Rob Moorhead, Superintendent of South Ripley Community School Corporation, was named 2017 Superintendent of the Year for District VIII by the Indiana Association of Public School Superintendents. Moorhead has been South Ripley Community School Corporation superintendent since 2012. The district has remained committed to providing quality educational programs for students despite the decline in state financial support.
When Moorhead became superintendent, the district had just experienced a collapse of its entire technology network, losing data and eroding employees’ confidence in using technology. The technology system has been rebuilt, and the district has since implemented a one-to-one computer program for students in grades K through 12. Moorhead also led the creation of the Ripley County Alternative to Suspension program that serves four small school districts. The county school districts have also established relationships to share academic programs, with South Ripley hosting a biomedical sciences program and other districts hosting an engineering academy and an Advanced Placement science program. Moorhead also worked with Ivy Tech to create dual-enrollment opportunities at Ivy Tech for South Ripley students during the school day. South Ripley Community School Corporation has been an “A” rated school district for the past four years and its junior high school has been a Four Star School each of those four years.
Moorhead is a graduate of Hanover College and earned post-graduate degrees from Xavier University and Indiana State University. He is a member of many community organizations, including the Dearborn County Hospital Board of Directors, the Economic Opportunities Through Education Action Team, the Ripley County Community Corrections Advisory Board, and the Southeastern Indiana School Insurance Consortium Board of Directors.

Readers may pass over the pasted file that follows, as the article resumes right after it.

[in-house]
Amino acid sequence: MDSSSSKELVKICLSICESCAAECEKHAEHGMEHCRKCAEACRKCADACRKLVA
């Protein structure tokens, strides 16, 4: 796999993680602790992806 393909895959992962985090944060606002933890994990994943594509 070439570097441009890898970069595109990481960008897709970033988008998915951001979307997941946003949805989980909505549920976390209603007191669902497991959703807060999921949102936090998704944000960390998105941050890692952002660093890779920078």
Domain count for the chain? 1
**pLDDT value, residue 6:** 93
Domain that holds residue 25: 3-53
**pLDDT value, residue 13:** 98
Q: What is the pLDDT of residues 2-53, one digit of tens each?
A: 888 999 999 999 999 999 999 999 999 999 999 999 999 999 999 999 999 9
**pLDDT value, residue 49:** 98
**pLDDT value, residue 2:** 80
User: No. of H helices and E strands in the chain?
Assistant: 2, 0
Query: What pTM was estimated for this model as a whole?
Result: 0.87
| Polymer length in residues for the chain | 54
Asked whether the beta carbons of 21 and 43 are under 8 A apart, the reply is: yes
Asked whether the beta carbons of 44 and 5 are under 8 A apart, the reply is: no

Following is a recent interview with Rob conducted by Jim Freeland.
Jim: What programs or activities that improve student learning do you consider to be your most successful?
Rob: I feel like the best thing we do to improve student learning is to study individual student-level data through PLCs on a regular basis. Our principals lead data meetings that begin with looking at formative assessment data on our students, but that end up with having important conversations that center around the needs of each student and how the teachers can help one another to meet these needs. These conversations are crucial to the improvements in student achievement and growth that we have seen. Additionally, I am very proud of our 1:1 technology initiative and how we have phased it in over the past three years. We are now a fully 1:1 school with every student in grades K-12 having a device that goes home each night. In implementing this 1:1 initiative we have focused on providing many professional development opportunities for our staff members so that they know how to best use these devices to enhance student engagement and learning in the classroom. The device does not equate to improved learning, but how that device is used to enhance student interaction with curriculum is what truly makes the difference. I am also very proud of the Alternative School program that we have started at our high school to help meet the needs of students who may have fallen behind or who are having trouble finding success in the regular school environment. This program has allowed us to see a large jump in our graduation rate by allowing more students to achieve a high school diploma.
Jim: What have been your most significant challenges as a superintendent and how have you dealt with them?